Price Increases Are Coming to Beer: Why It Isn't What It Seems - Rolling Stone
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Price Increases Are Coming to Beer: Why It Isn’t What It Seems

There’s been a good deal of commentary recently about how the cost of beer is going to go up.

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There’s been a good deal of commentary recently about how the cost of beer is going to go up. Make no mistake, these predictions are all likely correct. There are a lot of moving parts that go into making beer and even more moving parts (like trucks “moving parts”) in getting the beer to retail locations for consumers to purchase. This is the part of the supply chain that is getting more expensive. However, from my perspective, these increased costs are likely not going to justify the level of price increases that consumers are going to see on the shelf.

Here’s what’s happening: We’re seeing supply chain disruption coming from just about everywhere. Hops are in good supply, but the grains used to make beer are having a moment of difficulty in recent harvest quantities, and the cost of delivery is getting more expensive due to fuel prices and availability of trucking.

Packaging is a mess right now with increases in costs of aluminum and even a notable lack of access to cans. Lots of breweries that can’t get cans printed are moving to pressure-sensitive labels (a fancy way of saying “sticker”) on blank cans — this labeling method is typically more expensive than printed cans. The alternative is worse: Glass is more expensive than ever because of demand and supply chain issues, not to mention the energy needed to make it. Glass is also heavy and costly to ship. I could go on but at this point, it’s clear that pretty much all brewery supplies needed to brew beer are costing more right now.

To be clear, some smaller breweries are going to have to pass along some cost increases but largely because they don’t have the purchasing power or scale of the larger breweries. While there are definitely cost increases, they’re not compounding. It’s clear to me these increases are nowhere near the level to warrant the scale of the intended price increases we’re seeing from big beer.

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So where is the sky-is-falling-price-increase conversation coming from if it isn’t coming from math? My answer? Optics.

More impactful than all of the actual cost increases is the ongoing dialog (not data) about inflation. Large and generally publicly traded breweries seem to be using the public perception of inflation to give them the opportunity to grab more margin, and they’re planning to grab it from consumers. They’re being surprisingly transparent about this. In a Q3 2021 earnings call, Constellation Brands’ CFO recently said they’re raising prices due to inflation and are going to “take as much pricing as we think the consumer can absorb” in 2022. Heineken’s CFO told Fortune magazine that because of inflation, they are going to raise prices by “courageous” amounts to offset the supply chain challenges brought on by the pandemic. It’s clear that large organizations are capitalizing on the perception of inflation, but are they basing their price increases on the actual economic impact of inflation?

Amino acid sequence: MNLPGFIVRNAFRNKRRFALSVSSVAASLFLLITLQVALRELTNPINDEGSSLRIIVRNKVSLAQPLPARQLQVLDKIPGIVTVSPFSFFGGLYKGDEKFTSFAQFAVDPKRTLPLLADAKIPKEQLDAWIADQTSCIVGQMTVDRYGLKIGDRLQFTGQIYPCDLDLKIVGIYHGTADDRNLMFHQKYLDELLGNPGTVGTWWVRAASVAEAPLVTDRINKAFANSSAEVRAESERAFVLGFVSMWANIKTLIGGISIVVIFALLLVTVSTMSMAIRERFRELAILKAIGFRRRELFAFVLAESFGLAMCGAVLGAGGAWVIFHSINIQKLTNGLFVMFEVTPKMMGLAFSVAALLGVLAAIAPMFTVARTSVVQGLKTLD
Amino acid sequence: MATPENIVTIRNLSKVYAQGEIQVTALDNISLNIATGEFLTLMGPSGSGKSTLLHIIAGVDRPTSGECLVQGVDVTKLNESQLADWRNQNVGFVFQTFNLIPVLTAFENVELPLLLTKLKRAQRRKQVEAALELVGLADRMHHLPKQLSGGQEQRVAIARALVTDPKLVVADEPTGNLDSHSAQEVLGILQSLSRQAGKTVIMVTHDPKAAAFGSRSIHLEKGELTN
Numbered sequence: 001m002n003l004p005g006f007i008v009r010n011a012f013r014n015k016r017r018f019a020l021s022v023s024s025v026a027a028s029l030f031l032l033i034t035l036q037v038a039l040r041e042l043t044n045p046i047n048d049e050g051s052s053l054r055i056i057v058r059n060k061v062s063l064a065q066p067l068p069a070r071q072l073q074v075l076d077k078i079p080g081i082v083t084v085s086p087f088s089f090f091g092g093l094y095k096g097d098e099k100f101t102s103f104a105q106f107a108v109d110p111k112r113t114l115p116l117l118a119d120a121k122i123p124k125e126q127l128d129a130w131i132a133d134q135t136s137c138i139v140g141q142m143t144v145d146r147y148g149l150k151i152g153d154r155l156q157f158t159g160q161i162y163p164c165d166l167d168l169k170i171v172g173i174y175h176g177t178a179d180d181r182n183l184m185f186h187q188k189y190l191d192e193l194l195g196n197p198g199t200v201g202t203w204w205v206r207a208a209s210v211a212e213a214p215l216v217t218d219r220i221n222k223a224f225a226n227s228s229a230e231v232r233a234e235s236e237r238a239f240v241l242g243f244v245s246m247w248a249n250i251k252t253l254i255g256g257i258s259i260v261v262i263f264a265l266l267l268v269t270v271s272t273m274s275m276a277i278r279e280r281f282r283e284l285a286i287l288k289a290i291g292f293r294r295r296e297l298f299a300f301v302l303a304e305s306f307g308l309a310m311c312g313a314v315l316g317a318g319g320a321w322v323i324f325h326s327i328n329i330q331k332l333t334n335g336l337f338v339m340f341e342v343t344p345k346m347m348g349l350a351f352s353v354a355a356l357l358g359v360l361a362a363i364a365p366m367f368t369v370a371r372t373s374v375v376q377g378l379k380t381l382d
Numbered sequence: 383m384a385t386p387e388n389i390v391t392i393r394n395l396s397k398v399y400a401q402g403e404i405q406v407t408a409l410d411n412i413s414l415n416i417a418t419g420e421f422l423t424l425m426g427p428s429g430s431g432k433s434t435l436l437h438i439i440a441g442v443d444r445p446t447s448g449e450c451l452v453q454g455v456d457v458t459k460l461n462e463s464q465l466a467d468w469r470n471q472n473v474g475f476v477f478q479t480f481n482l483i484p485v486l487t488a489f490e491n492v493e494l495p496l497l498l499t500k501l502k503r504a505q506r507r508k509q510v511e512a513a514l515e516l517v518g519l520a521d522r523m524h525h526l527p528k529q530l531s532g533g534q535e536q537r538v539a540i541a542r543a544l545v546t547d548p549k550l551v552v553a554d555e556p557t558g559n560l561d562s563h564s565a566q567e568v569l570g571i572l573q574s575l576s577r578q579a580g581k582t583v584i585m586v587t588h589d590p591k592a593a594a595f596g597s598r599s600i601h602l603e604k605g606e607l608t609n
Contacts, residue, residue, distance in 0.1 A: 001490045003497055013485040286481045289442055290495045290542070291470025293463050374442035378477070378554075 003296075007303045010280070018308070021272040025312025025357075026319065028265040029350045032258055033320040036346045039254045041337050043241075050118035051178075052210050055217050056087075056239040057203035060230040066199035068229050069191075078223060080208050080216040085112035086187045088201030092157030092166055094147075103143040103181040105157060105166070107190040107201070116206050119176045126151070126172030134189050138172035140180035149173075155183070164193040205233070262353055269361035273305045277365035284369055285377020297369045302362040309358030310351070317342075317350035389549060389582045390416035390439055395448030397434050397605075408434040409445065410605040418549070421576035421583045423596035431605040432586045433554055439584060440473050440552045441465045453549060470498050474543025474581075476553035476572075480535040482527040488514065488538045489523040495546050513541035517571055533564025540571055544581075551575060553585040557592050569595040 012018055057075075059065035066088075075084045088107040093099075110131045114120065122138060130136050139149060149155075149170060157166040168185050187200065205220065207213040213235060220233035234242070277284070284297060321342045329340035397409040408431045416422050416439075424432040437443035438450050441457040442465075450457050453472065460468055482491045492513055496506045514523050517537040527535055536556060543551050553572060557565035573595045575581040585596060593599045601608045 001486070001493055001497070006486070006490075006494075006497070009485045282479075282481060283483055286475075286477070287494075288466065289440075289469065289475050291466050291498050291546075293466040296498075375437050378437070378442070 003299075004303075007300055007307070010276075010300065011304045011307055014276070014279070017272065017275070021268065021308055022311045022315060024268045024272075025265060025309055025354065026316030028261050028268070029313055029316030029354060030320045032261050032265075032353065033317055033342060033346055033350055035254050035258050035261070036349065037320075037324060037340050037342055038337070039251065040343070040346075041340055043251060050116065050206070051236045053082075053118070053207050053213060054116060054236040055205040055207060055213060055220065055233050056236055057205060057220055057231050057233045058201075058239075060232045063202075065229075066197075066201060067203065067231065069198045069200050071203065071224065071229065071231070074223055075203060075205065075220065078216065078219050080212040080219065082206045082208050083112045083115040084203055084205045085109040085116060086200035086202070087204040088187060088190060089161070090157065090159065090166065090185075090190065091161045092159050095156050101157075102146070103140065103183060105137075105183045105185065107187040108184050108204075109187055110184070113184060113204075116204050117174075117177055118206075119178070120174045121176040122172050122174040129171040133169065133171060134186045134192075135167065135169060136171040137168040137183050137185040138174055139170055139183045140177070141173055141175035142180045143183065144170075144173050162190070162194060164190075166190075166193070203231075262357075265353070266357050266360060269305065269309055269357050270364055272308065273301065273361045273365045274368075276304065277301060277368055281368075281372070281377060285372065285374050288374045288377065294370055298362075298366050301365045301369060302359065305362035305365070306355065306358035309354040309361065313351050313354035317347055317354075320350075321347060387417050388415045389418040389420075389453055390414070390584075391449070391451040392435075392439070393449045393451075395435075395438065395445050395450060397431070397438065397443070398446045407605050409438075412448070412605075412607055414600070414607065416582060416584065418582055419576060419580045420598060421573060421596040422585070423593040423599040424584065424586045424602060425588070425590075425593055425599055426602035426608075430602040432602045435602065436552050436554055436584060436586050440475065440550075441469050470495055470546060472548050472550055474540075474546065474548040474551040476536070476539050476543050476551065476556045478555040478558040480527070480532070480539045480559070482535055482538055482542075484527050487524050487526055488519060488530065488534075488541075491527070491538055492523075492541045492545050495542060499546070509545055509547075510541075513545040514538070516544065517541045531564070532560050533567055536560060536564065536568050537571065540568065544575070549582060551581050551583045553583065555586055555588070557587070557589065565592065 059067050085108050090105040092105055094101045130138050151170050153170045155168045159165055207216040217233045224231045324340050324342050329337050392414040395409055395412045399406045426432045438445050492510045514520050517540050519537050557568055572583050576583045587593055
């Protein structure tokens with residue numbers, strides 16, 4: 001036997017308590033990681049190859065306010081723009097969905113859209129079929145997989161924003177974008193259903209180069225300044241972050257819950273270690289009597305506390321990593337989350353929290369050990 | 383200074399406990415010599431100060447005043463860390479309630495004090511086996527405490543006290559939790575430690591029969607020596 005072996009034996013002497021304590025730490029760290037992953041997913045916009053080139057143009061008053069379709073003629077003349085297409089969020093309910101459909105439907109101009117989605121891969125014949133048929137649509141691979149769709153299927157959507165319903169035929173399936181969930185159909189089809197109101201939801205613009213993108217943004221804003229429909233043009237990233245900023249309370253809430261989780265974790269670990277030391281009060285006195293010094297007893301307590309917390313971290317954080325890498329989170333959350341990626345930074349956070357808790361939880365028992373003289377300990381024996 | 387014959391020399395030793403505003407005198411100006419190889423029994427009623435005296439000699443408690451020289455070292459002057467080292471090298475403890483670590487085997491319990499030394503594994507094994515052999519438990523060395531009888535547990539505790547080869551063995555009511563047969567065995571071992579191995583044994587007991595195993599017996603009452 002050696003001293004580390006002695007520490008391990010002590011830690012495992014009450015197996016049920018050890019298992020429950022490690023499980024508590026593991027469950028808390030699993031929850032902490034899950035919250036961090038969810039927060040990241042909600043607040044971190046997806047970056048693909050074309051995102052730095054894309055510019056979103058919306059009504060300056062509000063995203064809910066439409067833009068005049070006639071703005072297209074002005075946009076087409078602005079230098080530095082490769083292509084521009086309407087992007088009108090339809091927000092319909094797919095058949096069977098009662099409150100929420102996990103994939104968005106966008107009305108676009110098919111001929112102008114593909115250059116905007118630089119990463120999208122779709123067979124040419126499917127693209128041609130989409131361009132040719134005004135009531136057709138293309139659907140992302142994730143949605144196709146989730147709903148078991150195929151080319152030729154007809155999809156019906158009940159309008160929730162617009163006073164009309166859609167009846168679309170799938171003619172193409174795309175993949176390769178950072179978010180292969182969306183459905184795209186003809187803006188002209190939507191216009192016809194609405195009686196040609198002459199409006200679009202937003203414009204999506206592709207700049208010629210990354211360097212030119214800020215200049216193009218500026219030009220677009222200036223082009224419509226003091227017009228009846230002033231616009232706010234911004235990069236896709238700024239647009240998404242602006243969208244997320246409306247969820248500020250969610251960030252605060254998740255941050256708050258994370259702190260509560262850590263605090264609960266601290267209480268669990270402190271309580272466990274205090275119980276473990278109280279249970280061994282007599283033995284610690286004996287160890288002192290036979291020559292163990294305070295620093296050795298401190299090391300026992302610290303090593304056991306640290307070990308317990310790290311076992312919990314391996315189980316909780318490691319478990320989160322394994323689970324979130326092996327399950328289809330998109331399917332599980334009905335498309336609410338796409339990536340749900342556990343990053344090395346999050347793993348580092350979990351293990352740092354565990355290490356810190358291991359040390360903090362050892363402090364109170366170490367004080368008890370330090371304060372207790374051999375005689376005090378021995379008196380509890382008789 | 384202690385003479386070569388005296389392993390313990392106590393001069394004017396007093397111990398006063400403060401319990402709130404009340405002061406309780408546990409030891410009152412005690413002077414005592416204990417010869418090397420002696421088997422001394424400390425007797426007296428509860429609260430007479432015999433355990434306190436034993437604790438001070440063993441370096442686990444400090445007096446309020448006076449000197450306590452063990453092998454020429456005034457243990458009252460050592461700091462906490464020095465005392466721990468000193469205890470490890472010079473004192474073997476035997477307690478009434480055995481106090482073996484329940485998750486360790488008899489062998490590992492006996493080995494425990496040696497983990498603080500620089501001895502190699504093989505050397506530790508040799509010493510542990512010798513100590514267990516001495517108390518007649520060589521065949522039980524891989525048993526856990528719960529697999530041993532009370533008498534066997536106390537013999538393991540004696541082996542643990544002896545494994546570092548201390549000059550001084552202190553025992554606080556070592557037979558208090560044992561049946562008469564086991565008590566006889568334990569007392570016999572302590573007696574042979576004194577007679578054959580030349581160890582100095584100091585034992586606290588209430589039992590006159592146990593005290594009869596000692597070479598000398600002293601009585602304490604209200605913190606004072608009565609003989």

I have a different understanding of “courage,” although being transparent about your business strategy — albeit one that makes the consumer ultimately question your motive — may qualify. For the smaller craft breweries facing this dynamic, this is an excellent opportunity to differentiate their brands by both managing pricing and clearly conveying priorities to the consumer. The most obvious tactic is to hold price (or implement only slight increases) to create an opportunity to increase market share through a comparable pricing advantage over the larger brewers that are grasping for margin.

Holding price in the face of rising supply costs is also a catalyst to do a deep dive into the brewery’s cost structures and operational practices. Environmental and sustainable practices, in particular, are fertile ground for cost savings as they necessarily focus on the reduction of waste, which in turn almost always results in cost savings. For instance, when my brewery shifted from glass to can packaging, we saw a 60 percent reduction in the shipping needs for our packaging supply and finished goods fulfillment. In addition to taking trucks off the road, we also realize a concurrent reduction in shipping costs. Identifying and implementing these types of programs makes business sense and protects margins while simultaneously reducing the environmental impact of operations.

In the meantime, keep an eye on the big beer on your local shelves, and remember that this is an opportunity for craft beer to stand out.


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